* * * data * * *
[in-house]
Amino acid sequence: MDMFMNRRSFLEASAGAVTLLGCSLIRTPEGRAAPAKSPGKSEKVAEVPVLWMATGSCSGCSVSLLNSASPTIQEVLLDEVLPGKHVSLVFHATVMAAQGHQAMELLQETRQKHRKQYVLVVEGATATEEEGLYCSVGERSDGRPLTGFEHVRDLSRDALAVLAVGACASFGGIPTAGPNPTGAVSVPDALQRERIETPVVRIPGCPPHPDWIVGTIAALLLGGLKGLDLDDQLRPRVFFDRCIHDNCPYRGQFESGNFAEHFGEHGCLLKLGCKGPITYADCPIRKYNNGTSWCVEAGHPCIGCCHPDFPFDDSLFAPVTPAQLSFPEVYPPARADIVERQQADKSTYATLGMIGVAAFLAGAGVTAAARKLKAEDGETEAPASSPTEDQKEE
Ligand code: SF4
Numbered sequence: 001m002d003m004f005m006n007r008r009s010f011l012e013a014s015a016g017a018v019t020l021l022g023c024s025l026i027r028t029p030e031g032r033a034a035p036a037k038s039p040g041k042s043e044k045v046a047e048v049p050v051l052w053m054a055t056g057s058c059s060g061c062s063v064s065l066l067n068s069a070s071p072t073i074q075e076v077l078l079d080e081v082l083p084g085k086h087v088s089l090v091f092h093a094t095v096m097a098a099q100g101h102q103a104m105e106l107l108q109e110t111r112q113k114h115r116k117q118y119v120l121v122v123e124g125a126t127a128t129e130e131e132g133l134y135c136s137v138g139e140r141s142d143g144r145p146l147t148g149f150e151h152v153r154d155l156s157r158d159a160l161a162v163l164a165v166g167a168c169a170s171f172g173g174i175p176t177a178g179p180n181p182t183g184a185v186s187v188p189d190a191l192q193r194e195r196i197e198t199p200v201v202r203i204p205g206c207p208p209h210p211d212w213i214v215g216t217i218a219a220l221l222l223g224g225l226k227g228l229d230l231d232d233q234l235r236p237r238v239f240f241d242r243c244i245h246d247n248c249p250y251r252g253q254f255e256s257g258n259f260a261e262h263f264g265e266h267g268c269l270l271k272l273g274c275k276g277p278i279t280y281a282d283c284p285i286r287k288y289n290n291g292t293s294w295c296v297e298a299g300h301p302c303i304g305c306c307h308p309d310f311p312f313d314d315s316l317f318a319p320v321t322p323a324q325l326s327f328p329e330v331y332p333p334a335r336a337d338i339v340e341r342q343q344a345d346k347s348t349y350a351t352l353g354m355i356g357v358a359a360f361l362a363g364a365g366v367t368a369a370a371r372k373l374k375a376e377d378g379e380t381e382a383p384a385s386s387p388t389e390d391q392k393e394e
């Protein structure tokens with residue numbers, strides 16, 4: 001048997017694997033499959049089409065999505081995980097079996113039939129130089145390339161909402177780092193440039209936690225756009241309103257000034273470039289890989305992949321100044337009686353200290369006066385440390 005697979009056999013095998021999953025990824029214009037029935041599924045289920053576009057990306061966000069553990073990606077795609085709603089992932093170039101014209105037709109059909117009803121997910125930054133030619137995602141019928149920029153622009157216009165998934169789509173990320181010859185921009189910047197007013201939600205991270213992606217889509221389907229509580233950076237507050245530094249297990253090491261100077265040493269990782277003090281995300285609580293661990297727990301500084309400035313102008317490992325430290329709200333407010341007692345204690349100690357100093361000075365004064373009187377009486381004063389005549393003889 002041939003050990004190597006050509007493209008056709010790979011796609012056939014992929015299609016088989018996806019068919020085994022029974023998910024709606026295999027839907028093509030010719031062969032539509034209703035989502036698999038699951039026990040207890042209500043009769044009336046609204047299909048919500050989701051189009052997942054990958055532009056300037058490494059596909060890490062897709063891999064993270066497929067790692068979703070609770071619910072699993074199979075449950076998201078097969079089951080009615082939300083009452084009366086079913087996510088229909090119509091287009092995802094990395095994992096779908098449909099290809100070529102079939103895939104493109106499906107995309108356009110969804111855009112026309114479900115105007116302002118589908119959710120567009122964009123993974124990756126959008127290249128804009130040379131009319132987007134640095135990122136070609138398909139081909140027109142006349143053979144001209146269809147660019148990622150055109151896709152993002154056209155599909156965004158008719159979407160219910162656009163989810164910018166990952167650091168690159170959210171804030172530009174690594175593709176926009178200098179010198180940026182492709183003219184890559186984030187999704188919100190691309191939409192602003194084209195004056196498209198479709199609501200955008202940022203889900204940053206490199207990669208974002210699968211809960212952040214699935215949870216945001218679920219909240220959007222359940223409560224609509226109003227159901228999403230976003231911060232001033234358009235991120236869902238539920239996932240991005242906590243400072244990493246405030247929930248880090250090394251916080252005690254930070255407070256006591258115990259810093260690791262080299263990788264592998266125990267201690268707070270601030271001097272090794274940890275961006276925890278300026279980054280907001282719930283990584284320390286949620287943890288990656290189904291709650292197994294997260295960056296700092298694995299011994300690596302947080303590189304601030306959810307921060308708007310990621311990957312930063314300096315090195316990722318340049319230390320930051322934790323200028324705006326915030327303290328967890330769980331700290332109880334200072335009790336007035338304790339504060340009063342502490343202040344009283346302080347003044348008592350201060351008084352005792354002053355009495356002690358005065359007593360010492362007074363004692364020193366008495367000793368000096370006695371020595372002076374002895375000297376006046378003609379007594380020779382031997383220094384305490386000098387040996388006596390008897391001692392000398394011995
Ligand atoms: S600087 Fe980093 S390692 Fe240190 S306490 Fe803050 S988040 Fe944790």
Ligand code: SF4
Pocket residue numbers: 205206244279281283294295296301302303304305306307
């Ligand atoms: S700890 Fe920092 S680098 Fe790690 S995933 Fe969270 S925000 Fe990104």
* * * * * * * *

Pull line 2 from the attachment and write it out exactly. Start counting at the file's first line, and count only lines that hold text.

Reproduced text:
Amino acid sequence: MDMFMNRRSFLEASAGAVTLLGCSLIRTPEGRAAPAKSPGKSEKVAEVPVLWMATGSCSGCSVSLLNSASPTIQEVLLDEVLPGKHVSLVFHATVMAAQGHQAMELLQETRQKHRKQYVLVVEGATATEEEGLYCSVGERSDGRPLTGFEHVRDLSRDALAVLAVGACASFGGIPTAGPNPTGAVSVPDALQRERIETPVVRIPGCPPHPDWIVGTIAALLLGGLKGLDLDDQLRPRVFFDRCIHDNCPYRGQFESGNFAEHFGEHGCLLKLGCKGPITYADCPIRKYNNGTSWCVEAGHPCIGCCHPDFPFDDSLFAPVTPAQLSFPEVYPPARADIVERQQADKSTYATLGMIGVAAFLAGAGVTAAARKLKAEDGETEAPASSPTEDQKEE